Sylvia Nasar, 'Beautiful Mind' Author, Suing Columbia University For Nearly $1 Million

NEW YORK - APRIL 30:  Author Sylvia Nasar attends the Innovators Panel at the Tribeca Film Festival April 30, 2005 in New Yor
NEW YORK - APRIL 30: Author Sylvia Nasar attends the Innovators Panel at the Tribeca Film Festival April 30, 2005 in New York City. (Photo by Paul Hawthorne/Getty Images)

Sylvia Nasar, a Columbia University journalism professor and author of National Book Critics Circle Award winner “A Beautiful Mind,” is taking legal action against the school for nearly $1 million, according to Capital New York.

In a summons filed by attorney Mark Lawless in the New York Supreme Court on Jan. 7 and obtained by Capital, Nasar claims Columbia breached a contract and underpaid her the funds assigned to her compensation package from the John S. and James L. Knight Foundation. She’s seeking $923,000.

Nasar was Columbia’s first James S. and John L. Knight Professor of Business Journalism and co-directs the university’s master’s program in business journalism, according to her profile page.

The former New York Times economics correspondent and Fortune staff writer gained acclaim for “A Beautiful Mind,” a book about genius Nobel Prize-winning economist and Princeton professor John Nash, who lived with paranoid schizophrenia. The unauthorized biography was nominated for the Pulitzer Prize and won the National Book Critics Circle Award for Biography in 1998. It inspired the Academy Award Winning movie by the same name, which Ron Howard directed.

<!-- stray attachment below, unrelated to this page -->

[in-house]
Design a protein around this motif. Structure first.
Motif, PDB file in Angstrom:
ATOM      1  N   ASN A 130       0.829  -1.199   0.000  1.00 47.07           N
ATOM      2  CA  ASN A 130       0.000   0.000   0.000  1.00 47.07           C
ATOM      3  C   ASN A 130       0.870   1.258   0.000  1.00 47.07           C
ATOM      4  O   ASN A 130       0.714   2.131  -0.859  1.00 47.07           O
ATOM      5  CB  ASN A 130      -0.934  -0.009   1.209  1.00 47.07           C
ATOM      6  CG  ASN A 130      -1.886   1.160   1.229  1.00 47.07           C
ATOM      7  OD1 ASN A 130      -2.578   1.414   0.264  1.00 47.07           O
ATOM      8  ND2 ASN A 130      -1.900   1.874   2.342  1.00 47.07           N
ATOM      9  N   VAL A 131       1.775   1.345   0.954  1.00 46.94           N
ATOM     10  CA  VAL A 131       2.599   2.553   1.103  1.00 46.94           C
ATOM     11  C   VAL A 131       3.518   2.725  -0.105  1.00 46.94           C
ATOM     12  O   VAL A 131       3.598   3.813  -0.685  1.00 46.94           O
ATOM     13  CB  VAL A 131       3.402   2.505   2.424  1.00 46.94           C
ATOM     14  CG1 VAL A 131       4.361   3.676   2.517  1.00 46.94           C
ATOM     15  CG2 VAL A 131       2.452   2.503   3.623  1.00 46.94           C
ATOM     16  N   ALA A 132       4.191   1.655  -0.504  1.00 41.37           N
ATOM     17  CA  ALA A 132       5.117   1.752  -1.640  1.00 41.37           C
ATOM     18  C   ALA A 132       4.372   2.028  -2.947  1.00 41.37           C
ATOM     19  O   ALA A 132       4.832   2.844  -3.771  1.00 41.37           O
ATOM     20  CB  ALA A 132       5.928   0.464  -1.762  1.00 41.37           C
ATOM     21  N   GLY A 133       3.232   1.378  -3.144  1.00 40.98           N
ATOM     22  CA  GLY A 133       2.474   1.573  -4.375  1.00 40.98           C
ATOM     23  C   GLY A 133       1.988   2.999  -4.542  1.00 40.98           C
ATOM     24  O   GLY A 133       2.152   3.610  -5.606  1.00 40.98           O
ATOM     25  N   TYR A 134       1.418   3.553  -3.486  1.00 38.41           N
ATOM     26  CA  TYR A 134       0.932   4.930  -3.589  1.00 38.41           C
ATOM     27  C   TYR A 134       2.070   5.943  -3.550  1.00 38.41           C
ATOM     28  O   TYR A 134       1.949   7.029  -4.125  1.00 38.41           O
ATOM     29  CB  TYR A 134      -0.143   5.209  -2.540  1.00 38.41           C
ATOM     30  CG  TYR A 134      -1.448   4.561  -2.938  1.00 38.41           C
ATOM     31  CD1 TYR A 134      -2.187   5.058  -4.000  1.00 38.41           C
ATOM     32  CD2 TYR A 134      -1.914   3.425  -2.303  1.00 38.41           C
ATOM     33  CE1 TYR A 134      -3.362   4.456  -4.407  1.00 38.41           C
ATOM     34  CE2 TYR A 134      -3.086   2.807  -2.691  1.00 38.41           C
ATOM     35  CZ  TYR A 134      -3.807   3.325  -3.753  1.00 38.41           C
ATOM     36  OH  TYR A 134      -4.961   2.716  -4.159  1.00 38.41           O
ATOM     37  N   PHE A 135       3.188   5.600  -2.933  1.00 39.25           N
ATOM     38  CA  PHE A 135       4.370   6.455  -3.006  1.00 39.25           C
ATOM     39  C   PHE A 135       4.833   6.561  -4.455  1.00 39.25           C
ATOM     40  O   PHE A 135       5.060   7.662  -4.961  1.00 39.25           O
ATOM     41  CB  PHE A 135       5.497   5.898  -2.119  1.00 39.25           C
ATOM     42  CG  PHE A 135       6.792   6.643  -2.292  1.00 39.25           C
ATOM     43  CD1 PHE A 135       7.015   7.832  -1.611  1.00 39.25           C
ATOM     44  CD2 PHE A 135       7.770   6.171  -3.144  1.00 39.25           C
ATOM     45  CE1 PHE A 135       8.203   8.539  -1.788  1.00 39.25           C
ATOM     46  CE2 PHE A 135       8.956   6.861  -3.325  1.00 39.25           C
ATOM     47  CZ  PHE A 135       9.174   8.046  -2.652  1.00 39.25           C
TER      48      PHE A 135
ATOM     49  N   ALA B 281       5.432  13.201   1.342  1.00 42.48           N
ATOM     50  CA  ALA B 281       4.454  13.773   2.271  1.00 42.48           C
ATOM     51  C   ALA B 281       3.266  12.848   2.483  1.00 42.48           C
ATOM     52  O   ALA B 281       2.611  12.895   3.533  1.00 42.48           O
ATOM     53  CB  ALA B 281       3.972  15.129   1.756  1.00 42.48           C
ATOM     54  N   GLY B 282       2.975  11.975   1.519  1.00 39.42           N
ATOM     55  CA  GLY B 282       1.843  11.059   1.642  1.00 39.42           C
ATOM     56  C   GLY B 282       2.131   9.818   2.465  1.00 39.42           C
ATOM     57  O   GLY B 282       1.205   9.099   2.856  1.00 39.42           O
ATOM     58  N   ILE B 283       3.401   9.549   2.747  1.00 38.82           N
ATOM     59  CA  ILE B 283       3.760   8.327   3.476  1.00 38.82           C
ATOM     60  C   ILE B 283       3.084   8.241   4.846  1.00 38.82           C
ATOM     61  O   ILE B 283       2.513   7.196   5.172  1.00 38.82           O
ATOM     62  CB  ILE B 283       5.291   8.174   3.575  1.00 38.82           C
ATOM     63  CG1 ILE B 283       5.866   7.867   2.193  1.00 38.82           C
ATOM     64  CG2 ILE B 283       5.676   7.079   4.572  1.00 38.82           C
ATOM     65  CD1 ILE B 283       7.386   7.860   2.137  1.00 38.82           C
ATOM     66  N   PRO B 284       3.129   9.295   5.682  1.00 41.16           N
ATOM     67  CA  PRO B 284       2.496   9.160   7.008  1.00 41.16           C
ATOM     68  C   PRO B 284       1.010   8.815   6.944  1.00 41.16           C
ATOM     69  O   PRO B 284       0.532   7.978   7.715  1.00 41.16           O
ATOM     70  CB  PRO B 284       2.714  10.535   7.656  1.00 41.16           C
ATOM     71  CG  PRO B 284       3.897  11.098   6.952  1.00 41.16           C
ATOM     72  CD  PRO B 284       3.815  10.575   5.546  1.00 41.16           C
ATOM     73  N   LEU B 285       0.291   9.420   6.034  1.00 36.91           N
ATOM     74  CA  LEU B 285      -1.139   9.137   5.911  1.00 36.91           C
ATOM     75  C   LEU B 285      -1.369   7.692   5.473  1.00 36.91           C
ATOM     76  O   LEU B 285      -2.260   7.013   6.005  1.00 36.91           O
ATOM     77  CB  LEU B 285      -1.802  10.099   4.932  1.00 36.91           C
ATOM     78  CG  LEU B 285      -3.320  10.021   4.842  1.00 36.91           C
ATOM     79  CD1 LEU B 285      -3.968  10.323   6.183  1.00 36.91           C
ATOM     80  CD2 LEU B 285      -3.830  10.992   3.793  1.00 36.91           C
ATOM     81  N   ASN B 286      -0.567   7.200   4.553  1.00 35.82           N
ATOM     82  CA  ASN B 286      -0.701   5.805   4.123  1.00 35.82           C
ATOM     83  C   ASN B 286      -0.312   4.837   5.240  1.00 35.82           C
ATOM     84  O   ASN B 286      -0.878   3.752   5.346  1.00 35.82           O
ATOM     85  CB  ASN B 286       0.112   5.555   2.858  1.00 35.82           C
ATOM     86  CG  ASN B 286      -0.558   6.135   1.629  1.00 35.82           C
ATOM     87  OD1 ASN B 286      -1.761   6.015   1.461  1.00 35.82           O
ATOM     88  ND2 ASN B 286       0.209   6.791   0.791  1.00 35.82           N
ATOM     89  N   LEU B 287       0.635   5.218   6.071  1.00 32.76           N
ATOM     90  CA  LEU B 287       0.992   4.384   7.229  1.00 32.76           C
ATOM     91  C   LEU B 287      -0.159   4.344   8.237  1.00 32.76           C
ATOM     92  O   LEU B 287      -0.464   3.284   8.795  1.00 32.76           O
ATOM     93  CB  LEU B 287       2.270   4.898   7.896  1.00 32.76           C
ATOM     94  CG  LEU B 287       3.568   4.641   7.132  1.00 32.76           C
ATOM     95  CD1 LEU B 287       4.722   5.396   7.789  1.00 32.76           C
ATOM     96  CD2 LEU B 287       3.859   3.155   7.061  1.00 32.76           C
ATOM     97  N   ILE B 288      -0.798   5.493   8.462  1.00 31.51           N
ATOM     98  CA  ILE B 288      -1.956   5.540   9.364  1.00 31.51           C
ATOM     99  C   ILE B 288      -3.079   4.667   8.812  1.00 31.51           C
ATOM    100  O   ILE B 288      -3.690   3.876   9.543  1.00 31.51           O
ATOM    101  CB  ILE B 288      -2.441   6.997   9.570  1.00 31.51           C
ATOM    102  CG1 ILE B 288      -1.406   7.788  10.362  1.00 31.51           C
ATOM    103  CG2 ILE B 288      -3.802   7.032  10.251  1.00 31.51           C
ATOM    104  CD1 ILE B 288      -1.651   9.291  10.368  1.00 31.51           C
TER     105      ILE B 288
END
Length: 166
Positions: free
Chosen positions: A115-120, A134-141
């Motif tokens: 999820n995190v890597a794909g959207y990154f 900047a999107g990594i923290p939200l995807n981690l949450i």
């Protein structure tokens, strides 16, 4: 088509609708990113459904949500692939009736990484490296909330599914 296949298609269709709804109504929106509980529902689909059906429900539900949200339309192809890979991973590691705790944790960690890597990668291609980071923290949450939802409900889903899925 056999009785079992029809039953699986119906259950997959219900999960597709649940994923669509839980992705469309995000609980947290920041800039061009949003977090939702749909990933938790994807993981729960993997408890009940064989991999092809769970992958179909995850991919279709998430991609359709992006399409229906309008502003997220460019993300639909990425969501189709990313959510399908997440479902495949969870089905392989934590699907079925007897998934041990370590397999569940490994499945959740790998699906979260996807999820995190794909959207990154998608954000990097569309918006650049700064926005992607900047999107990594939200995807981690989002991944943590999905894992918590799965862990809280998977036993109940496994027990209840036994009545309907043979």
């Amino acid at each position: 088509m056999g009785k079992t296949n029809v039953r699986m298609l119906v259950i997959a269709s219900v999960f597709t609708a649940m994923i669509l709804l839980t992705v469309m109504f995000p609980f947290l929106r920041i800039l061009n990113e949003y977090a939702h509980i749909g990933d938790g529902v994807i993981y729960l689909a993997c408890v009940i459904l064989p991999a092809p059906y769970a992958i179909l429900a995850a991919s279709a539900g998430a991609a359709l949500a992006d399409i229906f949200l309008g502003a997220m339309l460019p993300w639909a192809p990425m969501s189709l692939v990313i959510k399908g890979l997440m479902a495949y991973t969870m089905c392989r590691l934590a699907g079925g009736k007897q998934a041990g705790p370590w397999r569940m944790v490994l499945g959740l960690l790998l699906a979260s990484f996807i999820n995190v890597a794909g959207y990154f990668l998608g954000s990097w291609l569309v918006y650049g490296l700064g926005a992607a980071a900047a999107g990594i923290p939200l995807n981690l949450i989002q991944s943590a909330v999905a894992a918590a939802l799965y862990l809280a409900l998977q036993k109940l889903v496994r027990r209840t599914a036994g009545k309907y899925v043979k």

The summons adds that Nasar’s endowment grant was awarded in 1998 -- the year she won for “A Beautiful Mind” and the year the Knight Chair in Business Journalism was established.

The Huffington Post reached out to Columbia and Nasar for comment. Nasar's lawyer told Capital on Thursday that he was not in a position to comment.

Coulmbia has had its share of lawsuits lately.

Last semester, two former students filed lawsuits against the university alleging sexual harassment. In September, Alberto Leguina Ruzzi, then a 25-year-old Chilean doctoral student, claimed his supervisor, Dr. Qais Al-Awqati, a professor at Columbia’s College of Physicians and Surgeons, sent him a picture of himself from Grindr, a mobile phone application used by gay men and allegedly sexually harassed him.

In December, the Columbia Spectator reported Professor Joseph Paul Martin allegedly demanded sex from a female student seeking his help in his class.